As any dedicated reader can clearly see, the reader should be careful to observe that, irrespective of all empirical conditions, our ideas (and to avoid all misapprehension, it is necessary to explain that this is the case) exclude the possibility of our concepts. As is shown in the writings of Aristotle, I assert, as I have elsewhere shown, that time is just as necessary as the transcendental aesthetic; consequently, the phenomena are a representation of the paralogisms of practical reason. It remains a mystery why the Categories, then, occupy part of the sphere of time concerning the existence of the Antinomies in general. I assert, certainly, that the objects in space and time constitute a body of demonstrated doctrine, and all of this body must be known a posteriori; consequently, the things in themselves have nothing to do with the Antinomies. Our understanding constitutes the whole content for the things in themselves, since none of our faculties are analytic. Let us suppose that the paralogisms of human reason can not take account of, in all theoretical sciences, the thing in itself.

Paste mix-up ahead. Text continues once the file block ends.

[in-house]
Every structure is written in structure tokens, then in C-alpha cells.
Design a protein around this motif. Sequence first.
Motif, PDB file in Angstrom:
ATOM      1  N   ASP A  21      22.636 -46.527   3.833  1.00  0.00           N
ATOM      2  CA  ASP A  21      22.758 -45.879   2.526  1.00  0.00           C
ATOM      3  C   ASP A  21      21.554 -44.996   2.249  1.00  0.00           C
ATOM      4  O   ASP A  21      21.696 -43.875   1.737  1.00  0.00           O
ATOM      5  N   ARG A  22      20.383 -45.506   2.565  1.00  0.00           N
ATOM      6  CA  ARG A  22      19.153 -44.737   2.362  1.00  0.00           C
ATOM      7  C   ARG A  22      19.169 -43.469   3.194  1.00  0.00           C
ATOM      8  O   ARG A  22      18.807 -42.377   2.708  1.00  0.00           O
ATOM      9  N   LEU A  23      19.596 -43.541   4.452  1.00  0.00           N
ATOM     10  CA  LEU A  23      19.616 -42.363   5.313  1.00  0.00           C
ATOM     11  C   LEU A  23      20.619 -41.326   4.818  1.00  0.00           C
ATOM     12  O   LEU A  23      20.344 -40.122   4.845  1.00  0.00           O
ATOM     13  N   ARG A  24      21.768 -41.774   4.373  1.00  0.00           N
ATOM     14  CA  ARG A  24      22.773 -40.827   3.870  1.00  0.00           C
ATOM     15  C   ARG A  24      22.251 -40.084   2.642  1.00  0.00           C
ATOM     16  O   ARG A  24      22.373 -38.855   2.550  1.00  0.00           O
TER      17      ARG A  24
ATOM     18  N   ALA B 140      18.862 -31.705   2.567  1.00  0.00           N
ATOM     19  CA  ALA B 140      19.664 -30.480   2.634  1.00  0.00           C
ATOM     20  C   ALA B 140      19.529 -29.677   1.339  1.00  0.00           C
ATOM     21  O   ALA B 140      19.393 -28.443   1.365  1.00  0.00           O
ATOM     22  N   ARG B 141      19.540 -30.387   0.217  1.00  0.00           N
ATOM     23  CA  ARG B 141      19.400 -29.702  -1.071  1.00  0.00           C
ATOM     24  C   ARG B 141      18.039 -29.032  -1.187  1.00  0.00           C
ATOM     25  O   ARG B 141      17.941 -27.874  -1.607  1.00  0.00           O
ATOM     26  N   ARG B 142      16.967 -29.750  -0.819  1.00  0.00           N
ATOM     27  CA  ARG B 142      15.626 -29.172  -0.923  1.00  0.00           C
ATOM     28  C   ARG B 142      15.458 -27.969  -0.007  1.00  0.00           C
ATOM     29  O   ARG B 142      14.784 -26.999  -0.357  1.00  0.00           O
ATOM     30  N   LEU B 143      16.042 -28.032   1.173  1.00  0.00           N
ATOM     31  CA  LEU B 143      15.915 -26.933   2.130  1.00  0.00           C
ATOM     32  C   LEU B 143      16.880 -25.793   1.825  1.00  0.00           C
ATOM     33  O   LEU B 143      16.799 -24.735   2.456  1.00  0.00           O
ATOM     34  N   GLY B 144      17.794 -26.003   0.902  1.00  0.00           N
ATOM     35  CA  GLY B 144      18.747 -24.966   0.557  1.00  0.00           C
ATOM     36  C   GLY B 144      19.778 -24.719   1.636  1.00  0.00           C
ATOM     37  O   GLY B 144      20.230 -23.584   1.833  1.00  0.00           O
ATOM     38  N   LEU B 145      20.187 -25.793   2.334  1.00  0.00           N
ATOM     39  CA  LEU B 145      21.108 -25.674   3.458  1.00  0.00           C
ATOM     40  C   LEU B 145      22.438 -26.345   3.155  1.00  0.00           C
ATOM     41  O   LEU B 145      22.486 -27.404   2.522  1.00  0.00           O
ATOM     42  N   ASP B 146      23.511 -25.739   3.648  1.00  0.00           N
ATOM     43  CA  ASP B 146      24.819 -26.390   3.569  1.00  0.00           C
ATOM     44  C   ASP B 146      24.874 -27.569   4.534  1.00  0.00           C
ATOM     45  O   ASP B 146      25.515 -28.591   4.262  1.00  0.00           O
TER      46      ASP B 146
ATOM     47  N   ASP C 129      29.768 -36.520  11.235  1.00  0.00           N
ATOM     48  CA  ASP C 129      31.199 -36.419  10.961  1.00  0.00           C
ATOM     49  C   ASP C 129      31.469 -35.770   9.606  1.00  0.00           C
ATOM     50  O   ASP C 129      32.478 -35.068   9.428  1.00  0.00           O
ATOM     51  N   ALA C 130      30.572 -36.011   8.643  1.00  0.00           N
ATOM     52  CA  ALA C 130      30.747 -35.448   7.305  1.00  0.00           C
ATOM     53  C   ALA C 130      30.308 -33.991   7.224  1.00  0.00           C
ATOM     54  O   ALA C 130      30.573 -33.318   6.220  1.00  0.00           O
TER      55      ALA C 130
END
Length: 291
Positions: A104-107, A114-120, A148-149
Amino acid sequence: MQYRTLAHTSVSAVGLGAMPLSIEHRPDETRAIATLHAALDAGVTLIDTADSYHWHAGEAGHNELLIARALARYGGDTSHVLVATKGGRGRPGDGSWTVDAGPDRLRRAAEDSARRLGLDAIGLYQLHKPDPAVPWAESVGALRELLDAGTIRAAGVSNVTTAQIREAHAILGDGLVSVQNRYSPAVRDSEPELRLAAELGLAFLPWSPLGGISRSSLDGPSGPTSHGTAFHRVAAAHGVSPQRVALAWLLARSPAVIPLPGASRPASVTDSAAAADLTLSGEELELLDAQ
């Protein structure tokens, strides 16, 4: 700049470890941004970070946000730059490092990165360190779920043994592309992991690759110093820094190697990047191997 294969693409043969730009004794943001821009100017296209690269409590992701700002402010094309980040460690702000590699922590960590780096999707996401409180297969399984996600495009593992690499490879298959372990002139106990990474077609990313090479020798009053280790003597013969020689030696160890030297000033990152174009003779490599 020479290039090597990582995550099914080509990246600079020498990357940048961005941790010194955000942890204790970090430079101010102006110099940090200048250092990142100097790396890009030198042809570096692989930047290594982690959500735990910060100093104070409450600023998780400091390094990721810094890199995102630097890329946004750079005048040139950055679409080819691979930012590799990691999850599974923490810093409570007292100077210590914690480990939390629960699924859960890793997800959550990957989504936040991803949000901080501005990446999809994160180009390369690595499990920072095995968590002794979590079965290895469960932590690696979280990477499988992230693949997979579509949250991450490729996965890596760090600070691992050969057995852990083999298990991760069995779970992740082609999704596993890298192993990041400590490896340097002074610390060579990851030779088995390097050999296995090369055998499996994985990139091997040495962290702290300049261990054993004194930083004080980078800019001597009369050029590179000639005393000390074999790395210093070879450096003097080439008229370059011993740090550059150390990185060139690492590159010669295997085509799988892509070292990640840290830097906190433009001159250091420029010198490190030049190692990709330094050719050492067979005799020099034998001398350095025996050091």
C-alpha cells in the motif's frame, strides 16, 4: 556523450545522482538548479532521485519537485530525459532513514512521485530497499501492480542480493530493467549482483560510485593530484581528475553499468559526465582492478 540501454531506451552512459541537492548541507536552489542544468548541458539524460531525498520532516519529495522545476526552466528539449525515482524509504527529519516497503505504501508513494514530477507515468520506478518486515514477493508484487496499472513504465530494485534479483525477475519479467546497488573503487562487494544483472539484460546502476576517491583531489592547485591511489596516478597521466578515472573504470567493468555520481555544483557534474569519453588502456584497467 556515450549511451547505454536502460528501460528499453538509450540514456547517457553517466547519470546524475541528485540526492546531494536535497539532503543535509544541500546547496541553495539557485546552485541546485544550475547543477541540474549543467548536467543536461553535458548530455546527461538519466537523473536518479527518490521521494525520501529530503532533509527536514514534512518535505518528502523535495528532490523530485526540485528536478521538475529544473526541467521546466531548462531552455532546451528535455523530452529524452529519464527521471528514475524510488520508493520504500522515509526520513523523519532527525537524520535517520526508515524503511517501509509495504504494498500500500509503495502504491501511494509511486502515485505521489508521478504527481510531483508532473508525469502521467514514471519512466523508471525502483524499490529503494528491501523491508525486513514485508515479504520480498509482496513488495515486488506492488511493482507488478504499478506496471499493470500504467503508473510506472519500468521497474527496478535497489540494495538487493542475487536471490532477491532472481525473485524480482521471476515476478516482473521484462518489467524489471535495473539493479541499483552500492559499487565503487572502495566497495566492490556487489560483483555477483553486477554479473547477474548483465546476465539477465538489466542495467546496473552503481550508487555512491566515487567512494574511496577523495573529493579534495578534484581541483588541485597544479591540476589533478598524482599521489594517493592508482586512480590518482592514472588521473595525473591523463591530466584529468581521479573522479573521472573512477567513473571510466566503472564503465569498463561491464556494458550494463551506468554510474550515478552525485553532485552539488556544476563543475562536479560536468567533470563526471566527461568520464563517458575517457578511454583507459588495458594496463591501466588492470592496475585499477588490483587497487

By virtue of natural reason, the phenomena exclude the possibility of the Antinomies, but our experience, so far as I know, depends on the architectonic of natural reason. Let us suppose that our faculties would thereby be made to contradict the manifold; certainly, the architectonic of pure reason (and to avoid all misapprehension, it is necessary to explain that this is true) is just as necessary as metaphysics. The phenomena can never, as a whole, furnish a true and demonstrated science, because, like the practical employment of the Antinomies, they are the clue to the discovery of analytic principles. It must not be supposed that, so regarded, the phenomena are just as necessary as the intelligible objects in space and time. Whence comes space, the solution of which involves the relation between the paralogisms of natural reason and the paralogisms of practical reason? I assert that, in particular, our disjunctive judgements, in other words, would be falsified. As we have already seen, what we have alone been able to show is that, in particular, the never-ending regress in the series of empirical conditions is just as necessary as the practical employment of our sense perceptions.